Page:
For gambling companies, the Covid-19 crisis has further intensified political and regulatory scrutiny of their activities and increased the possibility of interactions with the GB regulator. Adam Epstein, Philip Evans and Kyan Pucks explore how best to engage with the Gambling Commission throughout any part of the process to increase the likelihood of a positive outcome
The Covid-19 crisis has brought gambling companies and their regulation under even closer scrutiny, with concerns that people may increase their use of online gambling products in this rather peculiar time.
Neil McArthur, Chief Executive of the Gambling Commission has made it abundantly clear that although the situation is unprecedented and businesses are facing enormous challenges, there will be no leeway from the Commission; on the contrary, the level of scrutiny is likely to increase.
This increased intensity and concern particularly for social responsibility is, by way of example, well highlighted by the Betting and Gaming Council’s recent announcement that its members had agreed temporarily to cease all gambling advertising on television and radio.
At a time when many companies may be concerned about possible interactions with the Commission draws on collective experience of both counsel and solicitors to explore how best to engage with the Commission throughout any part of the process – whether the investigative stage or indeed regulatory proceedings – to increase the likelihood of a positive interaction, and, ultimately, a positive result.
In order to do so, this article will explore three specific factors that may assist: setting the right tone, taking part in setting the pace, and calling for assistance. Licensees are also urged to seek legal advice early on in proceedings to ensure a clear and consistent approach is taken throughout.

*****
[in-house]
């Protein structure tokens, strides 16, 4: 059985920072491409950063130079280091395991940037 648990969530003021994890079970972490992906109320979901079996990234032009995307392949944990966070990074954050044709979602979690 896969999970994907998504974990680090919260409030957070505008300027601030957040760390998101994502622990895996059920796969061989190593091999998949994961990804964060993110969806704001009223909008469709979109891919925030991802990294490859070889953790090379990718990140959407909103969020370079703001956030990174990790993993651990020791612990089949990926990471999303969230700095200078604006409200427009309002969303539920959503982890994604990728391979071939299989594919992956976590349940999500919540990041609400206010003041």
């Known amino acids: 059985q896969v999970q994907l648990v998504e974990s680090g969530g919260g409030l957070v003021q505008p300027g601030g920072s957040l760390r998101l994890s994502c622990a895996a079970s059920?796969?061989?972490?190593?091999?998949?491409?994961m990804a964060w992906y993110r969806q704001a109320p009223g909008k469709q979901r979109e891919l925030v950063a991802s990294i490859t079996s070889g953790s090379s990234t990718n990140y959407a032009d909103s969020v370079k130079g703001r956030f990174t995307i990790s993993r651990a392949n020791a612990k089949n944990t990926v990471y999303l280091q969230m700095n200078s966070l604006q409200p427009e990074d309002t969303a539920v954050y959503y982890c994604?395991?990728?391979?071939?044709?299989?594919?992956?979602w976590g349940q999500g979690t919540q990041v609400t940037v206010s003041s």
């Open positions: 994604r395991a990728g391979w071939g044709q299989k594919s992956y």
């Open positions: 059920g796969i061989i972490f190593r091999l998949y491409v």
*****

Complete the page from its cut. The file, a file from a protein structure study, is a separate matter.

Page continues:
Setting the right tone
Prior to instigating a notice of review, the Commission is likely to request information from the licensee, which could potentially be about any aspect of the gambling services provided.
This first interaction with the Commission is crucial. Although it may appear obvious, it is essential not to underestimate the importance of communicating in the right way and with the right tone: honest and transparent, cooperative, and approachable.
The Commission sets out its expectations in its Statement of Principles for Licensing and Regulation, requiring licensees to be open and cooperative, and to disclose anything the Commission would reasonably expect to know.
This is a wide obligation and failure to comply can be very serious. Failure to communicate appropriately will not only irritate the Commission into being more forceful in its approach, but may also result in additional criticism or sanction.
A common allegation, tagged onto the end of the Commission’s substantive issues, is the lack of open and cooperative engagement by a licensee with the Commission.
This would also be an aggravating factor taken into account in the assessment of any sanction, and is very likely to undermine any attempt to reach a regulatory settlement.
Licensees ought to be well aware that the Commission will vigorously pursue lines of investigation that it believes appropriate: such is their right, as the regulator.
As such, it is key for licensees to set the right tone with the Commission. This ought not to be confused with any notion of giving in to, and accepting, the demands of the Commission.
The purpose of setting the right tone is to show the Commission that matters are being taken seriously and dealt with in a mature and transparent way.
If the right tone and relationship are not set prior to the start of regulatory proceedings, experience shows that it becomes that much more difficult to set them afterwards.
This can lead to issues with trust and communication, and can lead to matters becoming more difficult and unmanageable for the licensee.